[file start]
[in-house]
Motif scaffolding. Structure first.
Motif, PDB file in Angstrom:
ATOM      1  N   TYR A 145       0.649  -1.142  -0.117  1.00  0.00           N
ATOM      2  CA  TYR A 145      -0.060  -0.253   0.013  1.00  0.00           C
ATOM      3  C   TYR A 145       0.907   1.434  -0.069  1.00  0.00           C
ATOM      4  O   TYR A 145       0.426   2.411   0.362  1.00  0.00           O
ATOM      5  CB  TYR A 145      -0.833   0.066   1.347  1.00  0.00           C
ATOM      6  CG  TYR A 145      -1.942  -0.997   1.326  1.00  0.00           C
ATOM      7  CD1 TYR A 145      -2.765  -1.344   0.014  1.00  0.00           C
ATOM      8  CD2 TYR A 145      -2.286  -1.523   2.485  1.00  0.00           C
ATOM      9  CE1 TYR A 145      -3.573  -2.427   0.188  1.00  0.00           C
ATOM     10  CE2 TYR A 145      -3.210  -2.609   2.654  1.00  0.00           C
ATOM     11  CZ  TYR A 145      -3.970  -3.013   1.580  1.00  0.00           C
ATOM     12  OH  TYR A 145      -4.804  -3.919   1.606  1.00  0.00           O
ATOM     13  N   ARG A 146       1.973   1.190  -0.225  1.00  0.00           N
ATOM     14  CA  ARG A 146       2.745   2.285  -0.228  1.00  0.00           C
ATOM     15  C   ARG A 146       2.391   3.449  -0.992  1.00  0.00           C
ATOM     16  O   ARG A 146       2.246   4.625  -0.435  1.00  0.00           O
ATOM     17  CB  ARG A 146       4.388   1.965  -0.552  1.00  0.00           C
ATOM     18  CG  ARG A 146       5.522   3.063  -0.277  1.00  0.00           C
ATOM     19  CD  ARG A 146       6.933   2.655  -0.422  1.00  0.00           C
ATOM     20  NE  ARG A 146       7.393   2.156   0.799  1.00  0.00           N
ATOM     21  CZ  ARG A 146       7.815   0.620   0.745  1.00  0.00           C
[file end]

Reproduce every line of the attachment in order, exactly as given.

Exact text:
[in-house]
Motif scaffolding. Structure first.
Motif, PDB file in Angstrom:
ATOM      1  N   TYR A 145       0.649  -1.142  -0.117  1.00  0.00           N
ATOM      2  CA  TYR A 145      -0.060  -0.253   0.013  1.00  0.00           C
ATOM      3  C   TYR A 145       0.907   1.434  -0.069  1.00  0.00           C
ATOM      4  O   TYR A 145       0.426   2.411   0.362  1.00  0.00           O
ATOM      5  CB  TYR A 145      -0.833   0.066   1.347  1.00  0.00           C
ATOM      6  CG  TYR A 145      -1.942  -0.997   1.326  1.00  0.00           C
ATOM      7  CD1 TYR A 145      -2.765  -1.344   0.014  1.00  0.00           C
ATOM      8  CD2 TYR A 145      -2.286  -1.523   2.485  1.00  0.00           C
ATOM      9  CE1 TYR A 145      -3.573  -2.427   0.188  1.00  0.00           C
ATOM     10  CE2 TYR A 145      -3.210  -2.609   2.654  1.00  0.00           C
ATOM     11  CZ  TYR A 145      -3.970  -3.013   1.580  1.00  0.00           C
ATOM     12  OH  TYR A 145      -4.804  -3.919   1.606  1.00  0.00           O
ATOM     13  N   ARG A 146       1.973   1.190  -0.225  1.00  0.00           N
ATOM     14  CA  ARG A 146       2.745   2.285  -0.228  1.00  0.00           C
ATOM     15  C   ARG A 146       2.391   3.449  -0.992  1.00  0.00           C
ATOM     16  O   ARG A 146       2.246   4.625  -0.435  1.00  0.00           O
ATOM     17  CB  ARG A 146       4.388   1.965  -0.552  1.00  0.00           C
ATOM     18  CG  ARG A 146       5.522   3.063  -0.277  1.00  0.00           C
ATOM     19  CD  ARG A 146       6.933   2.655  -0.422  1.00  0.00           C
ATOM     20  NE  ARG A 146       7.393   2.156   0.799  1.00  0.00           N
ATOM     21  CZ  ARG A 146       7.815   0.620   0.745  1.00  0.00           C